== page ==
Best antidepressant for teens? (STIMULANTS)?

Best antidepressant for teens? (STIMULANTS)? I'm researching various kinds of antidepressants to suggest to my doctor. In your experience, which anti...

Best antidepressant for teens? (STIMULANTS)?
I’m researching various kinds of antidepressants to suggest to my doctor.
In your experience, which antidepressant has helped you the most with anxiety/depression?
Please give me some good stimulants that boost serotonin levels in your brain. (Similar to Ritalin and Wellbutrin)
Thank you so much.

Best answer(s):

Answer by Mathieu
There is no “best” antidepressant, it depends on the severity and type of depression (eg., endogenous, atypical, melancholic, anxious) and/or the severity and type of anxiety (eg., generlized anxiety, panic disorder, social anxiety disorder). Typically Prozac (fluoxetine) is the preferred antidepressant in teens but any of them can be used.

All antidepressant increase levels of one or more monoamine (serotonin, dopamine, norepinephrine). The most common antidepressants are selective serotonin reuptake inhibitors (SSRIs) and include Celexa (citalopram), Lexapro, Cipralex (escitalopram), Luvox (fluvoxamine), Paxil (paroxetine), Prozac (fluoxetine), and Zoloft (sertraline). SSRIs all increase serotonin and have no clinically significant effects on other neurotransmitters.

Cymbalta (duloxetine), Effexor (venlafaxine), and Pristiq (desvenlafaxine) are serotonin-norepinephrine reuptake inhibitors (SNRIs) so they act on both serotonin and norepinephrine.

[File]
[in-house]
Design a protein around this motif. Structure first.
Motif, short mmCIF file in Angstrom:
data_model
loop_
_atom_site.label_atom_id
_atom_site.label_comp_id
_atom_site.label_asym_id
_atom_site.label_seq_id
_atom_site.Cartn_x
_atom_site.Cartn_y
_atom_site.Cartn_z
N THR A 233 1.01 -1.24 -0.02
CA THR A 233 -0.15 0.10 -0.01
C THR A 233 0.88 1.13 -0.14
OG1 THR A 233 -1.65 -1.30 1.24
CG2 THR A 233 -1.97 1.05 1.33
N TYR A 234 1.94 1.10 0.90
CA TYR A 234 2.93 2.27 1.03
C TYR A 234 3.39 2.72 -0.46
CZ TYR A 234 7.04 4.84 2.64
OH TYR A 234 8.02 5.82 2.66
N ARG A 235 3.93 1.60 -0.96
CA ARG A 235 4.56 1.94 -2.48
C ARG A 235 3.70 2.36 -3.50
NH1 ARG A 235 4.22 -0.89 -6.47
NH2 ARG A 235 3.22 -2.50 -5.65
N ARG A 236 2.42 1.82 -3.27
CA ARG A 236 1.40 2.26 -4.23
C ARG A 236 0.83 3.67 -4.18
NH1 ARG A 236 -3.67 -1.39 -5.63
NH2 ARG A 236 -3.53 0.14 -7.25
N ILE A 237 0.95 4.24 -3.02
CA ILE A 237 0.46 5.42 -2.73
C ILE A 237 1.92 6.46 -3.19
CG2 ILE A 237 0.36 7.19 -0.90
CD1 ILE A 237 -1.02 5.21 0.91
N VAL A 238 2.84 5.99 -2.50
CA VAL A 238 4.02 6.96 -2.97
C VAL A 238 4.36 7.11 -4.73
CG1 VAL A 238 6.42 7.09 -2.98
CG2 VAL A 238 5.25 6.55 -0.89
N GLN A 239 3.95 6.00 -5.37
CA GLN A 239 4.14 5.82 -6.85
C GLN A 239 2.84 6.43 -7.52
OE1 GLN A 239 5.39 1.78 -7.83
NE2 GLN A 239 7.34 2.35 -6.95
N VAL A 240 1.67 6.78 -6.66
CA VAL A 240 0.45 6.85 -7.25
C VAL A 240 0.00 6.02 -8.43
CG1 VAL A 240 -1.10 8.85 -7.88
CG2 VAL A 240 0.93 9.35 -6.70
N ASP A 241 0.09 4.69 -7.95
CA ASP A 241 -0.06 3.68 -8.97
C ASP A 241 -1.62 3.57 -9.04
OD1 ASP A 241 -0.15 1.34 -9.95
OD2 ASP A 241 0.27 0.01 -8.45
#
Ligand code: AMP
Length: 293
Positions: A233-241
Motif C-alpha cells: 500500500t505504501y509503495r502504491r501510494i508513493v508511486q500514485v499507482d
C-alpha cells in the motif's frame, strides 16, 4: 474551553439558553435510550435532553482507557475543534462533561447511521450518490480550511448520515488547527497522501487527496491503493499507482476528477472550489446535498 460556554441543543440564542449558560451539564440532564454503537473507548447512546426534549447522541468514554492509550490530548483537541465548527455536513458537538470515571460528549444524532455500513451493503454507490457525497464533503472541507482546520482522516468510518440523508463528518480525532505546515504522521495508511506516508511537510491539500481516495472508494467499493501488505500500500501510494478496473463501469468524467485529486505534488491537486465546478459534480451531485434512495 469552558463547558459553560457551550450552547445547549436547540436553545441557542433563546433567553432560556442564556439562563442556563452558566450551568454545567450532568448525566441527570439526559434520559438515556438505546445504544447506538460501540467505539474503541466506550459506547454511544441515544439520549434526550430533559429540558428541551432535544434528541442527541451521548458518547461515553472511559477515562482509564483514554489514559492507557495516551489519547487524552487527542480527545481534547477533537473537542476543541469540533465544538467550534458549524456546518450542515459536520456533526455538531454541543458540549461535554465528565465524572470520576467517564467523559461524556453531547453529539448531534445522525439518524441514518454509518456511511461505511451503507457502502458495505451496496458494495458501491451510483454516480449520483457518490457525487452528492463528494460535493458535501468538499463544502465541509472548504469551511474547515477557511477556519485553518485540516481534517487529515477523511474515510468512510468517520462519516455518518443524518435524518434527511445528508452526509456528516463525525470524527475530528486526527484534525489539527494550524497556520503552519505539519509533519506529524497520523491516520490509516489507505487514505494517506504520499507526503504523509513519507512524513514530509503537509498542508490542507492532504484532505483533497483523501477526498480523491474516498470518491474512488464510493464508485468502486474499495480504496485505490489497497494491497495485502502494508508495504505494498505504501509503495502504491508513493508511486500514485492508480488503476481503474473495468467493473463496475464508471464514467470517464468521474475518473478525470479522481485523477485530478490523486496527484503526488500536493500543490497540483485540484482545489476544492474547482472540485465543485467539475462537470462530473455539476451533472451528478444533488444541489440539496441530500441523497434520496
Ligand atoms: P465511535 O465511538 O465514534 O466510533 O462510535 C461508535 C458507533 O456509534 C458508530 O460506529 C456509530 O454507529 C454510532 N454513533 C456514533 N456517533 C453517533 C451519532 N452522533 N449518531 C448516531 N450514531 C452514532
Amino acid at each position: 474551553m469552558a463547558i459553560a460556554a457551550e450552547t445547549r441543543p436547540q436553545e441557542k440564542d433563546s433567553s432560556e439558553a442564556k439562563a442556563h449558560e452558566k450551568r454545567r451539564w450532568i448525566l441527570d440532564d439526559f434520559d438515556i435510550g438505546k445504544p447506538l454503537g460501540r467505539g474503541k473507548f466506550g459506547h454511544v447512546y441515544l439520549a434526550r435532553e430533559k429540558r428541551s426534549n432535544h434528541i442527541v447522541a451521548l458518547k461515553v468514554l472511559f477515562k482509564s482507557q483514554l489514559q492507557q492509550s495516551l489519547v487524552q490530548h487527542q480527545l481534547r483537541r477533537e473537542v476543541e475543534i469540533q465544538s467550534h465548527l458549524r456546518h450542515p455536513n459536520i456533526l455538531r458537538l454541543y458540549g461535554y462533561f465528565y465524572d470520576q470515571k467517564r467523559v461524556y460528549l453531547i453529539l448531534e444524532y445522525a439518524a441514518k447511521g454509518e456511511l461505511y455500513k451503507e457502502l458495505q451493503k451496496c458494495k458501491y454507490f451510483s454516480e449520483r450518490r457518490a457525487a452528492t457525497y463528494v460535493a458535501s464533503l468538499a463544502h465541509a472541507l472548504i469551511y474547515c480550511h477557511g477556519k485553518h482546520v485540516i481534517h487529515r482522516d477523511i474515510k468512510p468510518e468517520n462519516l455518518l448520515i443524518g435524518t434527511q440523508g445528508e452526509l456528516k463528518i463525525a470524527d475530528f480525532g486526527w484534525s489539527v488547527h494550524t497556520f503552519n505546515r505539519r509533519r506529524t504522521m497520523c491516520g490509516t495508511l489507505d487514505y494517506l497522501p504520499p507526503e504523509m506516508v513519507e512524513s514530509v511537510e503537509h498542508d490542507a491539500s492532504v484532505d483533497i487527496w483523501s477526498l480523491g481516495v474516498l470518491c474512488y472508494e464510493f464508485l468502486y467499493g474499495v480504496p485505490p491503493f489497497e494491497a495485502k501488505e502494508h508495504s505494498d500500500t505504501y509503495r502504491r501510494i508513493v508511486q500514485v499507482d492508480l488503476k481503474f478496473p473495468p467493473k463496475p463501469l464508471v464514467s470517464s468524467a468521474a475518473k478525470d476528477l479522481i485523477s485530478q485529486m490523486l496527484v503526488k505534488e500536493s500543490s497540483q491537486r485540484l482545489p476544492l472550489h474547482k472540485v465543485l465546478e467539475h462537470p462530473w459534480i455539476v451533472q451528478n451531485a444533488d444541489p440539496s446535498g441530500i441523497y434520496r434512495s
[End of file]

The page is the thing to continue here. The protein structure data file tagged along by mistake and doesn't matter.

SSRIs and SNRIs are the most commonly used antidepressants and are typically the first-line treatments.

The other major types of antidepressants are tricyclic antidepressants (TCAs) and include Sinequan (doxepin), Anafranil (clomipramine), Elavil (amitriptyline), Aventyl, Pamelor (nortriptyline), and Tofranil (imipramine).

TCAs act on serotonin and norepinephrine but unlike SNRIs these medications effect many other neurotransmitters which is why they tend to have more side effects but they are also often more effective in some people.

There are antidepressants often called novel antidepressants because most are very unique and have few other drugs in its class. Novel antidepressants include Desyrel (trazodone), Remeron (mirtazapine), Serzone (nefazodone), and Wellbutrin (bupropion).

Wellbutrin is very commonly used for depression however the other novel antidepressants are not used nearly as often. Wellbutrin is the only antidepressant with significant effects on dopamine and it is an antidepressant that is typically best for people with depression without anxiety although it can help with anxiety.

The least commonly used– and oldest– antidepressants are monoamine oxidase inhibitors (MAOIs) and include Nardil (phenelzine), Parnale (tranylcypromine), Eldepryl (selegiline), Emsam (selegiline transdermal) and Marplan (isocarboxazid).

MAOIs work in a way completely different from all the other antidepressants and are typically only used in severe cases of depression unresponsive to several other medications.

Also Ritalin (methylphenidate) is NOT has an antidepressant and it has a different mechanism of action. Ritalin has little or no effect on serotonin but it does increase dopamine and norepinephrine. Amphetamine stimulants (Adderall, Dexedrine, Vyvanse, Desoxyn) act on all three neurotransmitters. These medications are sometimes used for depression but typically they are only prescribed for treatment resistant (refractory) major depressive disorder, depression associated with or comorbid with significant physical illness especially cancer or AIDS, and for depression with severe hypersomnia (excessive sleepiness) that is not controlled with antidepressants.

My advice is to let your doctor decide what the best medication for you is- all of them work and all of them work differently for different people. Also many antidepressants are NOT stimulating, just because serotonin is increased does not mean it will increase energy.

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